“But then the bottom fell from under the economy, and they didn’t go through with it,” Bowman said.
Metro officials did not return phone calls seeking comment.
In 2009, The Woodviews filed for bankruptcy. After the bankruptcy, Bowman turned to the county to deal with the property during the height of the Great Recession.
The county fenced off the site in 2009 to deter vagrants, squatters, and petty criminals with little to no effect, residents said. As a result, residents asked the county to demolish the property once and for all.
“The county was trying to make the owner of the property do something about it,” said State Sen. Joanne Benson, whose district includes Chapel Wood. “But at one point, the community said no longer. We needed the county to do something soon.”
Residents said the county was slow to respond to these requests. Prince George’s County Chief Administrative Officer Bradford Seamon said that a lack of funding played a role in the delay.
In 2011, Benson took the area’s new county council member, Karen Toles, on a bus tour of the neighborhood. The two women were horrified at the state of the Chapel Wood property.
“We could not believe what we were seeing,” she said. “These hardworking taxpayers should not be subjected to what’s going on in this community.”
Last month, local residents came in droves to witness the much-anticipated demolition of the sprawling complex.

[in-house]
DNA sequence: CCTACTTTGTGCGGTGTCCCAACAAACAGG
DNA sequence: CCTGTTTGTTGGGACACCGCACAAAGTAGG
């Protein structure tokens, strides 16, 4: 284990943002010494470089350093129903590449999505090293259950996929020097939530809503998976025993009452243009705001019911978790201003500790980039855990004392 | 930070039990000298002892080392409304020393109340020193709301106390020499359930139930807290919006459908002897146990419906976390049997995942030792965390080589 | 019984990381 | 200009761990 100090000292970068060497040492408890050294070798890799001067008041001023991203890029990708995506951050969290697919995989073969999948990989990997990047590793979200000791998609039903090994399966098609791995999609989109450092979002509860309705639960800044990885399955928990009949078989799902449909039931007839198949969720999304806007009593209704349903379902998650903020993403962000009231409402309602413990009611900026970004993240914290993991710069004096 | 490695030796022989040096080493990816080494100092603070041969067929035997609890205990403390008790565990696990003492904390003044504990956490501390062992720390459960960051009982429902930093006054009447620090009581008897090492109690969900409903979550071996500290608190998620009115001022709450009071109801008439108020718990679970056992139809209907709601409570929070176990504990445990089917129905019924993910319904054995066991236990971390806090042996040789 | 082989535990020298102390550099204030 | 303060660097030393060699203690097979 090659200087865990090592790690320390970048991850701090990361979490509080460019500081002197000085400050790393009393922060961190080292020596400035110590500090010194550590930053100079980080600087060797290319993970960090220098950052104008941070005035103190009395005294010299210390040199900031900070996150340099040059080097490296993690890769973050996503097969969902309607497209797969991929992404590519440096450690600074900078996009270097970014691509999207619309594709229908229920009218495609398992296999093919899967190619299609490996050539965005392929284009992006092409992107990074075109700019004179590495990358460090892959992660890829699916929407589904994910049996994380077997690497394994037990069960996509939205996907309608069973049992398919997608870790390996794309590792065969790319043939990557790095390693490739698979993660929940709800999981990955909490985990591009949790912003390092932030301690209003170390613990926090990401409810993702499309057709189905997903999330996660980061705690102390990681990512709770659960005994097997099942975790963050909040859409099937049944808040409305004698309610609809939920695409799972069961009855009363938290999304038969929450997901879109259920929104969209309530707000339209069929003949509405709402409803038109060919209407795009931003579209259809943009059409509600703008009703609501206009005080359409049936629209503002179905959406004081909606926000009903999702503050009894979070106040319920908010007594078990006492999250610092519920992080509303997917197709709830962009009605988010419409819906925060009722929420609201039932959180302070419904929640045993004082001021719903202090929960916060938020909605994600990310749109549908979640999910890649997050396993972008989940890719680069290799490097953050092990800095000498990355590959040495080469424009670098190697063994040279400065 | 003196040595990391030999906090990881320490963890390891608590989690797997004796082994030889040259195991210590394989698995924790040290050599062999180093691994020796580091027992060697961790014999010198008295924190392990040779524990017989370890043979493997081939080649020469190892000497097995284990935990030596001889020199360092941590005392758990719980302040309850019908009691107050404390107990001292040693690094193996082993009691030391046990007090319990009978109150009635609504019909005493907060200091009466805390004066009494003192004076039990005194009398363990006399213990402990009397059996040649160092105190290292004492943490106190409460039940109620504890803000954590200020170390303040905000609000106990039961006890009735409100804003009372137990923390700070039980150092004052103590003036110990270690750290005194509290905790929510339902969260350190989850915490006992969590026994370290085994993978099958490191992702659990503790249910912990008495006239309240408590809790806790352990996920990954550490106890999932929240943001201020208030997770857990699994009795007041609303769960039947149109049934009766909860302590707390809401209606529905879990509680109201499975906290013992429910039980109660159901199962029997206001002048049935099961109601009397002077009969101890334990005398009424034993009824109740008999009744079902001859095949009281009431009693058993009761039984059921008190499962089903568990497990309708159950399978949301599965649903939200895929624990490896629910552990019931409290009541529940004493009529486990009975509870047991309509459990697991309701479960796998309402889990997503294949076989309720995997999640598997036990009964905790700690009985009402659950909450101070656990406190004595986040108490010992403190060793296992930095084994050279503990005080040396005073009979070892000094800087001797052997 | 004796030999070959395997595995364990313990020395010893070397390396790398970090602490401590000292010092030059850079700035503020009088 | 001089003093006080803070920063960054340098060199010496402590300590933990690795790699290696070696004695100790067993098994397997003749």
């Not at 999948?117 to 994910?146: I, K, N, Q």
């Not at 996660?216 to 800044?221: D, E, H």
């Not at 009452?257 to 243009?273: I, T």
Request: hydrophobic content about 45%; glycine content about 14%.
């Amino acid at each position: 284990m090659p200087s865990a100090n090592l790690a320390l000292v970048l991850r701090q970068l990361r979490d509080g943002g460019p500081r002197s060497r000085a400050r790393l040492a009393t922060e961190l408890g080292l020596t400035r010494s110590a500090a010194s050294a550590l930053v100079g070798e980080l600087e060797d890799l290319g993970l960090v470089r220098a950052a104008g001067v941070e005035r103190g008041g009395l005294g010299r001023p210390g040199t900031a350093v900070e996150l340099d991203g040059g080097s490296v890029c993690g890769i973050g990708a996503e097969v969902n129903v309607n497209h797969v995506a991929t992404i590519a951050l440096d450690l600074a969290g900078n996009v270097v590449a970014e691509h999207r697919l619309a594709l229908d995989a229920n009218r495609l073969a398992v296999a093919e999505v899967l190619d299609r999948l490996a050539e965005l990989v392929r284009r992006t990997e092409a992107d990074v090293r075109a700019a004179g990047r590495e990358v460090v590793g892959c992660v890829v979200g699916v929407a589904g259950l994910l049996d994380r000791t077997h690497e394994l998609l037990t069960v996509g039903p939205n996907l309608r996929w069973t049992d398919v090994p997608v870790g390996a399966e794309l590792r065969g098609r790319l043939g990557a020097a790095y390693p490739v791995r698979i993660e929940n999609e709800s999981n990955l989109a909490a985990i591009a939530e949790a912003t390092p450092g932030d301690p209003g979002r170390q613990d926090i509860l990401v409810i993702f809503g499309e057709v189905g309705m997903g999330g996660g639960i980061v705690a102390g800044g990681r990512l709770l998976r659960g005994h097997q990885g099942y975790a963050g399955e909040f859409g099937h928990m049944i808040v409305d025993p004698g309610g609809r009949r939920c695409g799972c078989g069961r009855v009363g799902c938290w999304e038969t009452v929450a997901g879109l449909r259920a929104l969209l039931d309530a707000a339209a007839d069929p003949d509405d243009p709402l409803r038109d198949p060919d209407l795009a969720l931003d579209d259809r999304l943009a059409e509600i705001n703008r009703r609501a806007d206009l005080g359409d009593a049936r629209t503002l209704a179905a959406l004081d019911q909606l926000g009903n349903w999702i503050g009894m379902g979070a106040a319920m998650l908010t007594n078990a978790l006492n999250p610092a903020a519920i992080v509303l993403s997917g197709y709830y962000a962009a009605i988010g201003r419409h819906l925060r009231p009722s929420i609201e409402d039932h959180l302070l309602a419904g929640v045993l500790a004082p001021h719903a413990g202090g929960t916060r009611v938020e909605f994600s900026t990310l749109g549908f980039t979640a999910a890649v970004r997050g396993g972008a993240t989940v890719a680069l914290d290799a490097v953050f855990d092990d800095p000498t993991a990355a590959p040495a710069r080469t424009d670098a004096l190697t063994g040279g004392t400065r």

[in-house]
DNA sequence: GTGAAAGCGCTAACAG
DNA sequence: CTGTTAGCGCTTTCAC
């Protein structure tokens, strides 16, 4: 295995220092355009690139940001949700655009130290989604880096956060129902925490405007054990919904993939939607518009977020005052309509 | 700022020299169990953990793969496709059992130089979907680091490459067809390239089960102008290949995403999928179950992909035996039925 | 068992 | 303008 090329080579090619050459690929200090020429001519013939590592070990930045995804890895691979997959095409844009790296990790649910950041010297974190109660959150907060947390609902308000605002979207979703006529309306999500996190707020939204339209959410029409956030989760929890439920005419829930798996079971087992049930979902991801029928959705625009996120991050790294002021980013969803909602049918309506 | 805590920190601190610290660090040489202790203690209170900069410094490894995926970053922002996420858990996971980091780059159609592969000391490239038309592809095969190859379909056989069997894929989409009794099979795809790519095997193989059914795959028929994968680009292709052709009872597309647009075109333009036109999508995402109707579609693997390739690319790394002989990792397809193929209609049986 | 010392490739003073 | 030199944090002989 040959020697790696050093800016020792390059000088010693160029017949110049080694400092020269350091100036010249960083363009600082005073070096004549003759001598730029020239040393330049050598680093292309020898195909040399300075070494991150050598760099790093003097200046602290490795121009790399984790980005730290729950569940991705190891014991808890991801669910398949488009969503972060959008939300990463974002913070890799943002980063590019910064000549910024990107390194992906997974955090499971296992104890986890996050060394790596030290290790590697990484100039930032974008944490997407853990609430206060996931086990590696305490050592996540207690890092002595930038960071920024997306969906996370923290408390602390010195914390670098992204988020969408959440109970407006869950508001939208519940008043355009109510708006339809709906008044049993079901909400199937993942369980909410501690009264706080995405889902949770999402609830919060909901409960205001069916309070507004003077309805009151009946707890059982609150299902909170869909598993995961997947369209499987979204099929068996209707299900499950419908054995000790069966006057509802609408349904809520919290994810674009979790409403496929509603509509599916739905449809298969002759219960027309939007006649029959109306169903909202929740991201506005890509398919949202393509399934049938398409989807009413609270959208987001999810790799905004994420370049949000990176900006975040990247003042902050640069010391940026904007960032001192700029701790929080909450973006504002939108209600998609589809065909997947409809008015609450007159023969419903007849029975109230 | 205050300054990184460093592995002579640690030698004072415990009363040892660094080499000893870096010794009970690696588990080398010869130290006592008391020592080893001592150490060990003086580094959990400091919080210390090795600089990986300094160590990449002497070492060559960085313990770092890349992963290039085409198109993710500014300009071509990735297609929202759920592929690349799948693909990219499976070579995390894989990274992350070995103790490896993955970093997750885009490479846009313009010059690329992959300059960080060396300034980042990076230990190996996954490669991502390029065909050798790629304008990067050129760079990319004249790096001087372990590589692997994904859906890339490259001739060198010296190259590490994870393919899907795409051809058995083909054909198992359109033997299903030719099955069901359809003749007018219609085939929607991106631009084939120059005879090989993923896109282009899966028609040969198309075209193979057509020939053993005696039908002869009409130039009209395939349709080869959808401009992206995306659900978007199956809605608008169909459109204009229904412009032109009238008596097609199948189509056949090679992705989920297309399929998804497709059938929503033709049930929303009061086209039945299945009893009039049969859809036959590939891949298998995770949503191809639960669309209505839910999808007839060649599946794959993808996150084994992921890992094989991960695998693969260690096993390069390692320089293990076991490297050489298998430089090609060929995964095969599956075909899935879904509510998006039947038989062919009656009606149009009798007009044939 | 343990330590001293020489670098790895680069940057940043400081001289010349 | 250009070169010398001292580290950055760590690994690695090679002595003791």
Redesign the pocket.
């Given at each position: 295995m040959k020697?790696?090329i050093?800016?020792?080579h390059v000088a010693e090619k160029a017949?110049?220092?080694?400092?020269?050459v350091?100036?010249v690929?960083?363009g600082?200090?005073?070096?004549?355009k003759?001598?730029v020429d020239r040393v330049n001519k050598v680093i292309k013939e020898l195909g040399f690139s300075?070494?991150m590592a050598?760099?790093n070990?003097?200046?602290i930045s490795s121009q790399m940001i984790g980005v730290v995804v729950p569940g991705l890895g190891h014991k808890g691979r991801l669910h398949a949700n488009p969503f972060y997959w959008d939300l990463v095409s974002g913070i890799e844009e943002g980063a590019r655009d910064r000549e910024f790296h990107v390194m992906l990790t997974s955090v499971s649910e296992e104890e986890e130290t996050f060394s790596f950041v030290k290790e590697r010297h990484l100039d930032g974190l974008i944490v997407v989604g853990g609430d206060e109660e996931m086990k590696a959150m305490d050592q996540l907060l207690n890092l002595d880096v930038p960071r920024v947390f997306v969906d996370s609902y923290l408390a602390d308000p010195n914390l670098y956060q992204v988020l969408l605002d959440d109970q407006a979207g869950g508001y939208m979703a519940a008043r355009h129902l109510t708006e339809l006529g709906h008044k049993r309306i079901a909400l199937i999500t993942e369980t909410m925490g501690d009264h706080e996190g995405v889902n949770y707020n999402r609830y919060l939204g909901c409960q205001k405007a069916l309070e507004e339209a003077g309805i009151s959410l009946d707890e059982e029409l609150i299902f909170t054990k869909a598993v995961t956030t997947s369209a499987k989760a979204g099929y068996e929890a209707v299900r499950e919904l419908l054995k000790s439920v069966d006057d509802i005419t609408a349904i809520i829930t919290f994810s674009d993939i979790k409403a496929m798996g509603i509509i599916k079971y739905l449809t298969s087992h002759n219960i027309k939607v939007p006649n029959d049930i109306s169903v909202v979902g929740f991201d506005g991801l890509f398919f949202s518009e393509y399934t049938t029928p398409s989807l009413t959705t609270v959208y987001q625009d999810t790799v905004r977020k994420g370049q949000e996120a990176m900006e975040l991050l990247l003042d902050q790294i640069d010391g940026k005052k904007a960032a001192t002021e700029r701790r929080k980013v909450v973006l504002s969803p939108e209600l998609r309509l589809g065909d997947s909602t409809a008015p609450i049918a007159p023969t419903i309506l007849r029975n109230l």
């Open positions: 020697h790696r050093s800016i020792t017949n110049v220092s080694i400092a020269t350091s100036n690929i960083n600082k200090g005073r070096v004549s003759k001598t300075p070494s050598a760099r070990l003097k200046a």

“The demolition of the Bradbury Heights apartments is the highest point of my political career,” Benson said.
The demolition is part of a wider project, the Transforming Neighborhoods Initiative, launched earlier this year to target six impoverished areas in the county.
“This is one of the biggest things we’ve done so far in any of the areas for the initiative,” Seamon said.
Abandoned, vacant properties litter Capitol Heights neighborhoods, such as Coral Hills, Boulevard Heights, and Bradbury Heights. Like Chapel Wood, these properties are havens for drug trafficking, vagrancy, and other illicit activities.
“The county has definitely been taking care of the low-hanging fruit,” said Bowman, referring to the spate of demolished properties on and around Nova Avenue in the past six months of the initiative.
Seamon said increased pressure from the community helped the county start the Chapel Wood demolition, which will cost $585,000 and take four to six weeks to complete.
C.W. Cobb & Associates, Inc., a real estate development firm in Virginia, has agreed to reimburse the county for the razing, said Scott Peterson, a spokesman for the county executive’s office. The company declined to comment on its relationship with the property.
Seamon said the county would like to see a new residential complex of apartments, condominiums or single-family homes built on the property. But, he said, they will discuss future plans with the community before moving forward.
“We would like to see a gated community that’s safe, and top-of-the-line real estate,” Farmer said.
Bowman, who has lived four blocks away from Chapel Wood for 25 years, remembers a time when block parties were held at the property lined with pear trees.
“It is amazing that these trees have bloomed amidst this blight,” she said. “And in spring, when they bloom, it is absolutely beautiful.”